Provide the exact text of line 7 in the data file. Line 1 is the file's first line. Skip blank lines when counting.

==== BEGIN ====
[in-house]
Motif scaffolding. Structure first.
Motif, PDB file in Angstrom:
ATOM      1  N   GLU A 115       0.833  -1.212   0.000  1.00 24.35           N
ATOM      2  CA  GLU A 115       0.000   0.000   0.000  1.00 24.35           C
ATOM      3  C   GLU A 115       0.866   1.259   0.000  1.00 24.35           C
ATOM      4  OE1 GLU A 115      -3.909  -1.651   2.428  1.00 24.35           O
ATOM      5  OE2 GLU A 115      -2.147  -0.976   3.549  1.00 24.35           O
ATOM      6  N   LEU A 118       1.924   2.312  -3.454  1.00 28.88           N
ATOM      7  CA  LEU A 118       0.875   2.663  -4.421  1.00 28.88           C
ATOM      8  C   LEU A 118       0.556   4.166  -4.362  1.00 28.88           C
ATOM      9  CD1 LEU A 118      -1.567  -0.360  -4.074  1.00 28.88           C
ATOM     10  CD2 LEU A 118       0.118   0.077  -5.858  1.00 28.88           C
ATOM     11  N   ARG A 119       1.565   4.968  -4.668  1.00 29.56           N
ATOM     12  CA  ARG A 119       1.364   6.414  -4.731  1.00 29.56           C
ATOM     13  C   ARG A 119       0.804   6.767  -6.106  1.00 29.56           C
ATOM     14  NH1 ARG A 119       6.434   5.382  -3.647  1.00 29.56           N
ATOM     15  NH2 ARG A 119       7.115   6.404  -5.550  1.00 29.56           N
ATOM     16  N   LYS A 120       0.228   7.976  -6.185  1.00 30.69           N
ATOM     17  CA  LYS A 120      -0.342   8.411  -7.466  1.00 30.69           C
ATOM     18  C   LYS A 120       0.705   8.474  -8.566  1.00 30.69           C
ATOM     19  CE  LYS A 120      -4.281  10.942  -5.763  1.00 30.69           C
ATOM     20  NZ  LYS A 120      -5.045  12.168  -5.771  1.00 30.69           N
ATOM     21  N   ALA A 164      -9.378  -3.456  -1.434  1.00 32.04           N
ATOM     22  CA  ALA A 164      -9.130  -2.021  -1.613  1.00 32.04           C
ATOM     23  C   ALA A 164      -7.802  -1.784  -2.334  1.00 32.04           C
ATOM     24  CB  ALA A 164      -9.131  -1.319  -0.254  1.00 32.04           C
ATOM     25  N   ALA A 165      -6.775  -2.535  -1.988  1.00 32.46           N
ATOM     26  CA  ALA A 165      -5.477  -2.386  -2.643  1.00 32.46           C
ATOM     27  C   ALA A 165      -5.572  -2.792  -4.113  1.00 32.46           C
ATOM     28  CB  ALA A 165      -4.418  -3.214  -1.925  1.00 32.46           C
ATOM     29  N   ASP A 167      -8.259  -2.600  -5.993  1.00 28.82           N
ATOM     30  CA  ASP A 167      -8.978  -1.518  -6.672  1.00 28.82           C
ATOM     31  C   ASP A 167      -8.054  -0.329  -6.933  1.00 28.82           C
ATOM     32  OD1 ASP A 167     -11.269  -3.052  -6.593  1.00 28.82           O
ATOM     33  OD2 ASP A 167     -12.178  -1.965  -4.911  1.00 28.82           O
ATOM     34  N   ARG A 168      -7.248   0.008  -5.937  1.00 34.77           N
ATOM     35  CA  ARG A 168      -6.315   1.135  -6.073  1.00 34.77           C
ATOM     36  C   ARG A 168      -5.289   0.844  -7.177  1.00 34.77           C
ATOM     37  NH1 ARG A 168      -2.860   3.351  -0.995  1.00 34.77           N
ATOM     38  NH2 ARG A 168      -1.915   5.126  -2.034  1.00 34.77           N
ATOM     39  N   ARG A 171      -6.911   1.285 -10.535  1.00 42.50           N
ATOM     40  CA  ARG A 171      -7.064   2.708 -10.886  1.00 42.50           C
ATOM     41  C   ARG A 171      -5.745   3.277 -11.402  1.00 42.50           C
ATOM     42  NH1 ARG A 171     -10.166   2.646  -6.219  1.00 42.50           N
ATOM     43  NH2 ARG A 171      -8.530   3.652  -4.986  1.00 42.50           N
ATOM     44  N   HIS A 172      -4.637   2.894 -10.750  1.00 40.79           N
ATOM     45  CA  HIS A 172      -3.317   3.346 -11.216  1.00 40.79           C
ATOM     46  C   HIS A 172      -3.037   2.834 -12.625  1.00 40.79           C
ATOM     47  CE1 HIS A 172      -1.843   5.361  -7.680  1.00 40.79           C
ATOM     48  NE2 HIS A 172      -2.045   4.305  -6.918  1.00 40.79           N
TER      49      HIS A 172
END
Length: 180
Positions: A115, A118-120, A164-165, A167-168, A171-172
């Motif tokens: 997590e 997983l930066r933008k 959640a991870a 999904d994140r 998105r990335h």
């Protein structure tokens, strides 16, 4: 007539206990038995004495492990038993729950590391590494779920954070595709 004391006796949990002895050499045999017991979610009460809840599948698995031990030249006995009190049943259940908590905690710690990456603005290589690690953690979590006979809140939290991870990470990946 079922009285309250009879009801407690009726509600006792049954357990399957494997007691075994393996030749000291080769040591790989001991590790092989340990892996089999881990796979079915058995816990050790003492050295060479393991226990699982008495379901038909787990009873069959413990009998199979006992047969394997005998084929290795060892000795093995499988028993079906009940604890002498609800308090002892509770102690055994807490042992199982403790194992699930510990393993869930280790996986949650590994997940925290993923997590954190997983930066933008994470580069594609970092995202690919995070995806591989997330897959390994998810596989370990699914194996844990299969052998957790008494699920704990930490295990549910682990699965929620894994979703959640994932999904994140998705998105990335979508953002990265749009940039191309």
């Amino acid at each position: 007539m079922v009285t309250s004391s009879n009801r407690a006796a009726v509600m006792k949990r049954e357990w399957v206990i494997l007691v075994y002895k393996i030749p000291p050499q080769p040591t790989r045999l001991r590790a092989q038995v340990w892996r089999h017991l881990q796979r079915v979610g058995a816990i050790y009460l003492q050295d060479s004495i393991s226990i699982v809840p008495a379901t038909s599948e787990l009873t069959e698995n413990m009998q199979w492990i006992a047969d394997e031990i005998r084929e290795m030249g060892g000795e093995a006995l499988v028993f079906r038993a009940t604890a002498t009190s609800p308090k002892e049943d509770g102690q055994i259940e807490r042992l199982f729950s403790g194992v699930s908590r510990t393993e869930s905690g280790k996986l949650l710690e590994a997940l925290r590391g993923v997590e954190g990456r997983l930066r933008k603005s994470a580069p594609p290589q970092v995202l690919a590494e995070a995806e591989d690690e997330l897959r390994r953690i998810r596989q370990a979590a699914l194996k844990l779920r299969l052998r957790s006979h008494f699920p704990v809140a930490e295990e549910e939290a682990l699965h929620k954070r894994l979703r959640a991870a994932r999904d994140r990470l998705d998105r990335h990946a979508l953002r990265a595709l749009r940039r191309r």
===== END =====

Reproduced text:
ATOM      4  OE1 GLU A 115      -3.909  -1.651   2.428  1.00 24.35           O